The Internal Revenue Service recently issued a new warning to tax professionals and taxpayers. In a new twist on an old trick, the fraudster threatens to cancel or suspend the victim’s Social Security Number (SSN) if they do not pay their overdue tax bill. Initial contact is made via robocalls, then the victim calls the scammer or stays on the line. This is also known as “phishing.”
It is important to note that the IRS would never threaten to cancel a person’s SSN. If citizens receive such a call, they should immediately hang up. Moreover, a person should never provide sensitive financial or personal information unless they are sure that they are talking to an actual representative of the IRS – it is important to note that the agency now uses collection agencies to help collect on debts.
Requests the caller should not make
Regardless of how convincing the caller sounds, there are requests they should not ask:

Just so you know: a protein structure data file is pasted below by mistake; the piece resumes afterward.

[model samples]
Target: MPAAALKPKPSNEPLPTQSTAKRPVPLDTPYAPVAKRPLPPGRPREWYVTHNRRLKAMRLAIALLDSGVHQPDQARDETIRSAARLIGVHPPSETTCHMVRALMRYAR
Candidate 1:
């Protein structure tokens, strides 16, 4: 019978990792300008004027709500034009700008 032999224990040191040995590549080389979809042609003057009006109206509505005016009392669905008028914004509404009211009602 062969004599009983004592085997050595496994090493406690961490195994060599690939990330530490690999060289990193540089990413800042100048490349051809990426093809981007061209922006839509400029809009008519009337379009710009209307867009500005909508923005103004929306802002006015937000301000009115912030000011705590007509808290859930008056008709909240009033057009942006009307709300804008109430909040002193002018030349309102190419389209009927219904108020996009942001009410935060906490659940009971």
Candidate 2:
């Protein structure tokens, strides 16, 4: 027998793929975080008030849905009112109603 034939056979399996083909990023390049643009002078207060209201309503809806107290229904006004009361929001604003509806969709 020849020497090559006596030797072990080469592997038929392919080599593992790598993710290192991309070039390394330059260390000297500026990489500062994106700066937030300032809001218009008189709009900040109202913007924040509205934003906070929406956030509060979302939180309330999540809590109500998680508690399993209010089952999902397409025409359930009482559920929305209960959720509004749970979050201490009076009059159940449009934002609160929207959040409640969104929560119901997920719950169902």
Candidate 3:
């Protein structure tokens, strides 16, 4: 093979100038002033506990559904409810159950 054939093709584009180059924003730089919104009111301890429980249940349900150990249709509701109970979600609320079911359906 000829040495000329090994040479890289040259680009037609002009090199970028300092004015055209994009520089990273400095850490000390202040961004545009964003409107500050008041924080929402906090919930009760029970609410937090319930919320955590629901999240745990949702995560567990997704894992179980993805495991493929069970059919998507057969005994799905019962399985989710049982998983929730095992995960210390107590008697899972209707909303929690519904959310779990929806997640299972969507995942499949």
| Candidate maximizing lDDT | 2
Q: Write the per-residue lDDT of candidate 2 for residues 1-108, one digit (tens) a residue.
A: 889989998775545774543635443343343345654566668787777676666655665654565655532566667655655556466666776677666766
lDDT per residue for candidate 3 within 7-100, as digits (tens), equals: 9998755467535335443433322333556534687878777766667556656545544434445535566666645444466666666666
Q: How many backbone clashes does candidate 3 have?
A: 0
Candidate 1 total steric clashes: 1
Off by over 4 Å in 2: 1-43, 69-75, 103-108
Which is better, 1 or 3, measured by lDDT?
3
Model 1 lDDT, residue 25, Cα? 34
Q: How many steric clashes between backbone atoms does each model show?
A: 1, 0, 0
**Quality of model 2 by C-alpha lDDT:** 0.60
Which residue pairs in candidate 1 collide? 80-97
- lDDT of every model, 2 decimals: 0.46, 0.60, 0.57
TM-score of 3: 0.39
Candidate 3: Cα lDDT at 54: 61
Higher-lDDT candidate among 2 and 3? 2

- Demanding immediate payment
- Specifying a payment method like a prepaid card, a gift card or wire transfers (the IRS does not accept these)
- Specifying payment to an entity other than the U.S. Treasury
- Threatening to notify law enforcement immediately
- Not allowing the potential victim an opportunity to appeal their case or ask questions
Along with hanging up the phone, the taxpayer can also report the call to the Treasury Inspector General for Tax Administration. Ideally, the taxpayer should provide the scammer’s callback number and caller ID. They can send this information to [email protected] with the subject heading of IRS phone scam. They can also call the Federal Trade Commission.
Addressing unpaid tax bills
Taxpayers can view their tax information online to determine how much they owe as well as their payment history over the last 24 months. They can then consider payment options. If those numbers do not look right, the taxpayer has the opportunity to appeal the amount due, penalties or pending actions.